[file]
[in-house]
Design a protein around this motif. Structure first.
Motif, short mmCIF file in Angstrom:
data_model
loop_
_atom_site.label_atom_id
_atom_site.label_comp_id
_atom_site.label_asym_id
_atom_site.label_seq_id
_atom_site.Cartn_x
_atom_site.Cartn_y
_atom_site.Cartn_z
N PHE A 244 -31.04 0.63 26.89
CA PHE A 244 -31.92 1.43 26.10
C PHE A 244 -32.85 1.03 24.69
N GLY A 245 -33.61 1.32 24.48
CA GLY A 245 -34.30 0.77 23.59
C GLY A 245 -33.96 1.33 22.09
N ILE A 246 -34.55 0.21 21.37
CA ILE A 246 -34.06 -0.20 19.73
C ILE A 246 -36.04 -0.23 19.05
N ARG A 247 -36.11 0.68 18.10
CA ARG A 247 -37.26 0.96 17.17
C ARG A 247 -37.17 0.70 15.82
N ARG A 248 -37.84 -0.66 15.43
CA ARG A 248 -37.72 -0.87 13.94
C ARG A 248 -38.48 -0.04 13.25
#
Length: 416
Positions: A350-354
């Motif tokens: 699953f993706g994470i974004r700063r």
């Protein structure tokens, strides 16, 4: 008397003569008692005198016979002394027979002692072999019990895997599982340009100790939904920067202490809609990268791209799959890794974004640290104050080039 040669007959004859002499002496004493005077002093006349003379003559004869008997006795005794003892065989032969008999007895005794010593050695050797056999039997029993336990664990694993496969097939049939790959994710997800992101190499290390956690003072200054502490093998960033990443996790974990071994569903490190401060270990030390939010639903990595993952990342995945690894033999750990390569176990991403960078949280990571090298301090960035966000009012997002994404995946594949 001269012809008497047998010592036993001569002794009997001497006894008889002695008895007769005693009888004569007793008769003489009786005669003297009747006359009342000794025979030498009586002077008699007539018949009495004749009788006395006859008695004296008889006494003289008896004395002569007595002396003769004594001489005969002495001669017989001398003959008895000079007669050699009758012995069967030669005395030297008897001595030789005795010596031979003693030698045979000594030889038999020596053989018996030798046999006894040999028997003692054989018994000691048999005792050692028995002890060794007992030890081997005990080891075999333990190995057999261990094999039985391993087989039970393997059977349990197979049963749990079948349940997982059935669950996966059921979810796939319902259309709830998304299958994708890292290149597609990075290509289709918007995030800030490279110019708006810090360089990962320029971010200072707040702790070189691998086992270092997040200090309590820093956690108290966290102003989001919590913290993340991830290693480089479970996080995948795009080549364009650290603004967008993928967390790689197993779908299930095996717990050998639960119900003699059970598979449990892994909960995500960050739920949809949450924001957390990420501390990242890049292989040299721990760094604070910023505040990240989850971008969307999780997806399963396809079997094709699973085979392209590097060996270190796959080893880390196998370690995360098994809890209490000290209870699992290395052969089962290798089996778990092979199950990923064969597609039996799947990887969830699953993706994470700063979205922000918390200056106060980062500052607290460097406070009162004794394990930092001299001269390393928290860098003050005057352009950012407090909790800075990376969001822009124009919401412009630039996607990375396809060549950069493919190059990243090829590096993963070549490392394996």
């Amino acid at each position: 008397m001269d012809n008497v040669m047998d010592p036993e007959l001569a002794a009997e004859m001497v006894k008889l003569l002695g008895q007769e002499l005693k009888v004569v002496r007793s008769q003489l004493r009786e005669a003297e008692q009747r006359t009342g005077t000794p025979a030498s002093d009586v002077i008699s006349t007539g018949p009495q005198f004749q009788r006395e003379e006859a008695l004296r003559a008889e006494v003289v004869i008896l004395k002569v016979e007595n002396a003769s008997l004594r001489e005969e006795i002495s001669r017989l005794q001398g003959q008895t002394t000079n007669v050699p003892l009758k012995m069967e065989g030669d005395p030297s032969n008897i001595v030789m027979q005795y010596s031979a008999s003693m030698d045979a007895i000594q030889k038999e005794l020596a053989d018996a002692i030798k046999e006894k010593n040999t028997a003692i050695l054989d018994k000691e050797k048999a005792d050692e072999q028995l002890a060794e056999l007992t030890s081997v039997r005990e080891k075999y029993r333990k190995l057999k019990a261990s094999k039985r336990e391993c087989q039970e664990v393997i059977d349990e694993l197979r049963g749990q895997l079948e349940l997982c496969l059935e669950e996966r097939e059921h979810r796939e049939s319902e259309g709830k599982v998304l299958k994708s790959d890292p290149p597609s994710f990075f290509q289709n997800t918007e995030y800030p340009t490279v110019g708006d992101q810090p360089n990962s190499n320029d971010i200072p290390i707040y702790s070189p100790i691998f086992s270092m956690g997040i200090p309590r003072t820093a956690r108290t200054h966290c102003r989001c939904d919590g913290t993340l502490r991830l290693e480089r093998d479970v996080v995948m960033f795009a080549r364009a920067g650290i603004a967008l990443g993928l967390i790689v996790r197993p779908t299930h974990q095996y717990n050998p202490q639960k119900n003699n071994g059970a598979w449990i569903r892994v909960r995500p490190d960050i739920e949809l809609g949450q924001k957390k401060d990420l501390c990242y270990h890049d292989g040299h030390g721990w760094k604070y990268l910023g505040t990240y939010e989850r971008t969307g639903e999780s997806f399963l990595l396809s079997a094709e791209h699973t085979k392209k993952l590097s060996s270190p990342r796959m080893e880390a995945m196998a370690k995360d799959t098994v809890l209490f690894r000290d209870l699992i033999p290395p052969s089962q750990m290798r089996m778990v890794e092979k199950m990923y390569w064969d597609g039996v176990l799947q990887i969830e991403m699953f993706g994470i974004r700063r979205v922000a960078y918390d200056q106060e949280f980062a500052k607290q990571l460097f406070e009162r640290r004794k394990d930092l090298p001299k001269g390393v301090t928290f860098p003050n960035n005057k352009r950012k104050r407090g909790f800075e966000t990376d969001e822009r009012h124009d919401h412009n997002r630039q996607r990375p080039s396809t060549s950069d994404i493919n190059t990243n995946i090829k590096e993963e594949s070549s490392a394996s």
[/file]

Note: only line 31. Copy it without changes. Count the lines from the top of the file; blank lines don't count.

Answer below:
């Motif tokens: 699953f993706g994470i974004r700063r």